James Carville still thinks Trump might pull out of race rather than risk a landslide defeat

Michael Isikoff
·Chief Investigative Correspondent
·3 mins read

Veteran Democratic strategist James Carville doubled down Friday on his prediction that President Trump may yet abandon his run for reelection when confronted with poll numbers showing that he is in danger of getting swamped in an electoral “tsunami” that might rival Herbert Hoover’s 1932 landslide defeat to Franklin D. Roosevelt.

In an interview on the Yahoo News podcast Skullduggery, Carville said Trump’s political standing appears to be in virtual free fall, as Republicans are increasingly panicked that he will cost them control of the Senate.

“This is not a party that is falling apart. This is a party that has already fallen apart,” said Carville about the state of the GOP. “And Trump is going to have to come to grips with [deciding] ‘am I better off saying I’m not running and coming back in 2024 ... or getting the living crap beat out of me.’ ”

James Carville and President Trump. (Photo illustration: Yahoo News; photos: Jason Kempin/Getty Images, AP[2])
James Carville and President Trump. (Photo illustration: Yahoo News; photos: Jason Kempin/Getty Images, AP[2])

Carville first started raising the possibility that Trump might leave the 2020 race reelection in commentary and TV appearances earlier this month.

But he expanded on his predicted (and hoped for) scenario in the Skullduggery interview.

“He’s going to conclude with Jared [Kushner] that his brand is worth more resigning than it is getting destroyed — and when I say destroyed I mean 1932 destroyed,” Carville said, referring to the 1932 election during the depths of the Great Depression when Roosevelt crushed President Hoover, capturing 472 electoral votes to Hoover’s 59.

As it now stands, Trump is scheduled to accept the Republican nomination at the (now largely virtual) Republican National Convention, which is one month away.

To be sure, Carville, who was one of the top political strategists for Bill Clinton, is an intensely partisan Democrat who relishes trying to demoralize his adversaries with unabashed political spin. He is also consulting with an independent-expenditure Democratic group, American Bridge, that he says is planning to spend $90 million this fall aimed at cutting Trump’s margin in counties he carried in 2016 in Pennsylvania, Wisconsin and Michigan.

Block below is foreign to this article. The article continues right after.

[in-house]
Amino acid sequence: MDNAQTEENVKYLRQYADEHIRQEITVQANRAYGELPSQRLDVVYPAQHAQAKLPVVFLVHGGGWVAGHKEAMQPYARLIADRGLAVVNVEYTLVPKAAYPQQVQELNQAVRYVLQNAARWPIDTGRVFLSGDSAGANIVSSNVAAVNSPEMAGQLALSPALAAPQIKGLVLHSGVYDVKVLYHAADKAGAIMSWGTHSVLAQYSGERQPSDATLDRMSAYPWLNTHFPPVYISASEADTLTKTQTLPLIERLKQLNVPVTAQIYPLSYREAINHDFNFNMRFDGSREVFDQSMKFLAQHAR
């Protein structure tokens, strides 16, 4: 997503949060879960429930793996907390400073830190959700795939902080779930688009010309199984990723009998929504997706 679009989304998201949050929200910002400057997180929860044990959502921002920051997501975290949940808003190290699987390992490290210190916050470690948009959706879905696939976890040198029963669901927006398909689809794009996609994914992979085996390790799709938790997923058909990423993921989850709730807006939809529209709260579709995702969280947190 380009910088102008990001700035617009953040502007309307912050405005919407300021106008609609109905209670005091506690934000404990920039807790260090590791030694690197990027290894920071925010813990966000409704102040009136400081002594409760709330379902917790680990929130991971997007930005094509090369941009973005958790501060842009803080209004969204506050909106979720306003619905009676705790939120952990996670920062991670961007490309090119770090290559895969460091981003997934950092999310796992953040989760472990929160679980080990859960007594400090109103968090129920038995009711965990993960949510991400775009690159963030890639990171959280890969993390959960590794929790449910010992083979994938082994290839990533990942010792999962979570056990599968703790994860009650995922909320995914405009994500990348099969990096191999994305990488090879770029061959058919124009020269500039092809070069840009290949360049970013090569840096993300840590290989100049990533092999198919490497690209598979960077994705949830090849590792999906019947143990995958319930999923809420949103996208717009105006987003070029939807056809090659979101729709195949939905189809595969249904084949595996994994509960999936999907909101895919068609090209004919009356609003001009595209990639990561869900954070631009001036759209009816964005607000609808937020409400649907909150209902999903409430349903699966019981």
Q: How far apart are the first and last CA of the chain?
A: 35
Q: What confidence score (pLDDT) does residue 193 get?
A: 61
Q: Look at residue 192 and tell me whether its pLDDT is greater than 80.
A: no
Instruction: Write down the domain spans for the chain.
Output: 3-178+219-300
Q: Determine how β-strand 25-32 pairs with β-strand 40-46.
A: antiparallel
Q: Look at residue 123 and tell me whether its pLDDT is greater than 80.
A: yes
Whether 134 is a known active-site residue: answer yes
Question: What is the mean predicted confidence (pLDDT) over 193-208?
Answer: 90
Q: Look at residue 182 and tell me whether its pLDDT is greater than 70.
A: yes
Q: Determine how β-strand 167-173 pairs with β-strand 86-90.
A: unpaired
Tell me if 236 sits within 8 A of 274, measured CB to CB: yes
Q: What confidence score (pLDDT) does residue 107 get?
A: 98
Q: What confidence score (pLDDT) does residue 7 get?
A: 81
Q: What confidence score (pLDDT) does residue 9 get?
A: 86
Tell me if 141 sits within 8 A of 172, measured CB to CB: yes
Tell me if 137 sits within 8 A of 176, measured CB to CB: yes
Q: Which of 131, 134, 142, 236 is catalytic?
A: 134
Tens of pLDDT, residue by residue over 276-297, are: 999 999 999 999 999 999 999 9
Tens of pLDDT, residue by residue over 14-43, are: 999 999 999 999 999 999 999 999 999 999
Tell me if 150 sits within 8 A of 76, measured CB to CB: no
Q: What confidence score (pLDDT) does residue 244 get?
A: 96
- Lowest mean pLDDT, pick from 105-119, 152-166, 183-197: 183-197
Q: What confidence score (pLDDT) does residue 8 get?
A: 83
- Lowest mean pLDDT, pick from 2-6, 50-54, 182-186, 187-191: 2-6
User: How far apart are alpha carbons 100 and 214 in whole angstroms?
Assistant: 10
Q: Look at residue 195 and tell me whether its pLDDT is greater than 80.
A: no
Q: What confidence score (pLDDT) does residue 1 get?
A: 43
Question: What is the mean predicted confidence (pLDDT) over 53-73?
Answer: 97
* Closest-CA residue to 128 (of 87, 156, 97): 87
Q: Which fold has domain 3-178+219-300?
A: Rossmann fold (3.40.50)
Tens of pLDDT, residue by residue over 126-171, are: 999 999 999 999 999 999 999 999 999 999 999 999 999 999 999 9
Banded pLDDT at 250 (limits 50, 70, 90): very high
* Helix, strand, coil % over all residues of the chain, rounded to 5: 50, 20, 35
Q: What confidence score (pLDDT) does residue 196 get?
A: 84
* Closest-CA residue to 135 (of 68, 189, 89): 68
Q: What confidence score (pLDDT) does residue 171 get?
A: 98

His prediction came on a day that new poll numbers showed Trump’s standing in key swing states falling precipitously. A Fox News poll released Friday showed that Trump is behind presumptive Democratic nominee Joe Biden by 11 points in Pennsylvania and nine points in Michigan — both states Trump carried in his narrow victory over Hillary Clinton in 2016. A Quinnipiac poll released Thursday had Trump down 13 points in Florida — a state the president cannot afford to lose.

Carville’s comments also came the day after Trump was forced to scrap his plans to hold next month’s Republican convention in Jacksonville, Florida, in light of the soaring rise in the number of coronavirus cases and COVID-19-related deaths in the state. Although Trump said he was forced to make that difficult decision in order to “protect” the American people, Carville noted that Trump’s retreat on the convention will only hurt him with his hard-core base — a group that has tended to dismiss the dangers from the virus and stuck with the president because they view him as defiant and unbowed.

“The number to look for [in the polls] is ‘strong leader,’ ” Carville said. “That’s always been what’s propped him up. A couple of Democratic pollsters are saying, ‘We’re starting to see a decline in the strong leader number.’ ’’

Trump’s decision to back down on holding the Jacksonville convention will only chip away at those numbers even more.

“That is going to hurt him,” Carville concluded.

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